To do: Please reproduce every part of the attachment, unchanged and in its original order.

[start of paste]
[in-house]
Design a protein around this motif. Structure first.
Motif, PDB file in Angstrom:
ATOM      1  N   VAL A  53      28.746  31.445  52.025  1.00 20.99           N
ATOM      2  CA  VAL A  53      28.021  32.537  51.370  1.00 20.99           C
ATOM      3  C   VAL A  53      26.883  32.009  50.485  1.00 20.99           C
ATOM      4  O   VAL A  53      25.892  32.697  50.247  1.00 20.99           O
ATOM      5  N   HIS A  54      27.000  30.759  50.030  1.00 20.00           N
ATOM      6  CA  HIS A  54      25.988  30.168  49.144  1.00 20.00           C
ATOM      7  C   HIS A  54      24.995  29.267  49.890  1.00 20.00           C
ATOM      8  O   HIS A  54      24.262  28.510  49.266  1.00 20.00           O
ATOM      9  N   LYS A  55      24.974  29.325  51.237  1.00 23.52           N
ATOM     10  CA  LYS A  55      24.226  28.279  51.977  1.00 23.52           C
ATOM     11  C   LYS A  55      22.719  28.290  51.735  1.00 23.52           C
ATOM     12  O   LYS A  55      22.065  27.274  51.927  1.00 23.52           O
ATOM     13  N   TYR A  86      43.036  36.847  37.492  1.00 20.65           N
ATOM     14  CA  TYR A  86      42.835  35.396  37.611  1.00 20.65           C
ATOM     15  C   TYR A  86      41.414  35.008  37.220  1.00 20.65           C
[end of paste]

[in-house]
Design a protein around this motif. Structure first.
Motif, PDB file in Angstrom:
ATOM      1  N   VAL A  53      28.746  31.445  52.025  1.00 20.99           N
ATOM      2  CA  VAL A  53      28.021  32.537  51.370  1.00 20.99           C
ATOM      3  C   VAL A  53      26.883  32.009  50.485  1.00 20.99           C
ATOM      4  O   VAL A  53      25.892  32.697  50.247  1.00 20.99           O
ATOM      5  N   HIS A  54      27.000  30.759  50.030  1.00 20.00           N
ATOM      6  CA  HIS A  54      25.988  30.168  49.144  1.00 20.00           C
ATOM      7  C   HIS A  54      24.995  29.267  49.890  1.00 20.00           C
ATOM      8  O   HIS A  54      24.262  28.510  49.266  1.00 20.00           O
ATOM      9  N   LYS A  55      24.974  29.325  51.237  1.00 23.52           N
ATOM     10  CA  LYS A  55      24.226  28.279  51.977  1.00 23.52           C
ATOM     11  C   LYS A  55      22.719  28.290  51.735  1.00 23.52           C
ATOM     12  O   LYS A  55      22.065  27.274  51.927  1.00 23.52           O
ATOM     13  N   TYR A  86      43.036  36.847  37.492  1.00 20.65           N
ATOM     14  CA  TYR A  86      42.835  35.396  37.611  1.00 20.65           C
ATOM     15  C   TYR A  86      41.414  35.008  37.220  1.00 20.65           C